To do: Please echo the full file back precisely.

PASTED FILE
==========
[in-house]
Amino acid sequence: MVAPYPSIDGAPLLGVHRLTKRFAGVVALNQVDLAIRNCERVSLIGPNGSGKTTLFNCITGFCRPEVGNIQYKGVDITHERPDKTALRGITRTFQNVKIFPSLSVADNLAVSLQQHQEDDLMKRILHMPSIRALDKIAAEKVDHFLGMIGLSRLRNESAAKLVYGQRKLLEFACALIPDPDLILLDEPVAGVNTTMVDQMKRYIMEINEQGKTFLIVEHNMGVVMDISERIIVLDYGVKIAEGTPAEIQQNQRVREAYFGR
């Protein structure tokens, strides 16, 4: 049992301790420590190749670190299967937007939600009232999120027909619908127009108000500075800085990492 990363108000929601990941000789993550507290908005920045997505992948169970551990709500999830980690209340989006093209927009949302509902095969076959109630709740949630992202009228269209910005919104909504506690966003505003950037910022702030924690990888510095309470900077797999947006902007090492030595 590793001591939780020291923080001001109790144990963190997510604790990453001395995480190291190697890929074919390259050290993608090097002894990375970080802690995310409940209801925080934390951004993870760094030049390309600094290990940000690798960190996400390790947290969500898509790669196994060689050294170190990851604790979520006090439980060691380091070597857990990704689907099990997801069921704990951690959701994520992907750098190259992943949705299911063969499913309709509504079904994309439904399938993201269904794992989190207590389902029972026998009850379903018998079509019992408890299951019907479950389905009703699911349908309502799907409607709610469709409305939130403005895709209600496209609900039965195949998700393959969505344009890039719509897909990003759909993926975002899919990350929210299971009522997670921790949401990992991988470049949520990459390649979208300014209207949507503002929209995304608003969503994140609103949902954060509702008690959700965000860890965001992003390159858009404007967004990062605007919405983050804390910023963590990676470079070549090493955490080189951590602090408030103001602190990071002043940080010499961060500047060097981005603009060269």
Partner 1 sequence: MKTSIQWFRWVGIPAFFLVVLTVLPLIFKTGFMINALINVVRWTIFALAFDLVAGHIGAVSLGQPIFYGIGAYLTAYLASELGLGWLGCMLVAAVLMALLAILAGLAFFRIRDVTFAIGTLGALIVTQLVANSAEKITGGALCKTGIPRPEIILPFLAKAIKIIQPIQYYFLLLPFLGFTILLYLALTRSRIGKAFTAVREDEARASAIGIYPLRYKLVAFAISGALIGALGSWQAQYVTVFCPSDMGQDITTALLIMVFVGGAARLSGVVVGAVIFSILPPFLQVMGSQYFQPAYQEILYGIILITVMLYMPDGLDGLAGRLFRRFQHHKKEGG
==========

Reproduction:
[in-house]
Amino acid sequence: MVAPYPSIDGAPLLGVHRLTKRFAGVVALNQVDLAIRNCERVSLIGPNGSGKTTLFNCITGFCRPEVGNIQYKGVDITHERPDKTALRGITRTFQNVKIFPSLSVADNLAVSLQQHQEDDLMKRILHMPSIRALDKIAAEKVDHFLGMIGLSRLRNESAAKLVYGQRKLLEFACALIPDPDLILLDEPVAGVNTTMVDQMKRYIMEINEQGKTFLIVEHNMGVVMDISERIIVLDYGVKIAEGTPAEIQQNQRVREAYFGR
């Protein structure tokens, strides 16, 4: 049992301790420590190749670190299967937007939600009232999120027909619908127009108000500075800085990492 990363108000929601990941000789993550507290908005920045997505992948169970551990709500999830980690209340989006093209927009949302509902095969076959109630709740949630992202009228269209910005919104909504506690966003505003950037910022702030924690990888510095309470900077797999947006902007090492030595 590793001591939780020291923080001001109790144990963190997510604790990453001395995480190291190697890929074919390259050290993608090097002894990375970080802690995310409940209801925080934390951004993870760094030049390309600094290990940000690798960190996400390790947290969500898509790669196994060689050294170190990851604790979520006090439980060691380091070597857990990704689907099990997801069921704990951690959701994520992907750098190259992943949705299911063969499913309709509504079904994309439904399938993201269904794992989190207590389902029972026998009850379903018998079509019992408890299951019907479950389905009703699911349908309502799907409607709610469709409305939130403005895709209600496209609900039965195949998700393959969505344009890039719509897909990003759909993926975002899919990350929210299971009522997670921790949401990992991988470049949520990459390649979208300014209207949507503002929209995304608003969503994140609103949902954060509702008690959700965000860890965001992003390159858009404007967004990062605007919405983050804390910023963590990676470079070549090493955490080189951590602090408030103001602190990071002043940080010499961060500047060097981005603009060269």
Partner 1 sequence: MKTSIQWFRWVGIPAFFLVVLTVLPLIFKTGFMINALINVVRWTIFALAFDLVAGHIGAVSLGQPIFYGIGAYLTAYLASELGLGWLGCMLVAAVLMALLAILAGLAFFRIRDVTFAIGTLGALIVTQLVANSAEKITGGALCKTGIPRPEIILPFLAKAIKIIQPIQYYFLLLPFLGFTILLYLALTRSRIGKAFTAVREDEARASAIGIYPLRYKLVAFAISGALIGALGSWQAQYVTVFCPSDMGQDITTALLIMVFVGGAARLSGVVVGAVIFSILPPFLQVMGSQYFQPAYQEILYGIILITVMLYMPDGLDGLAGRLFRRFQHHKKEGG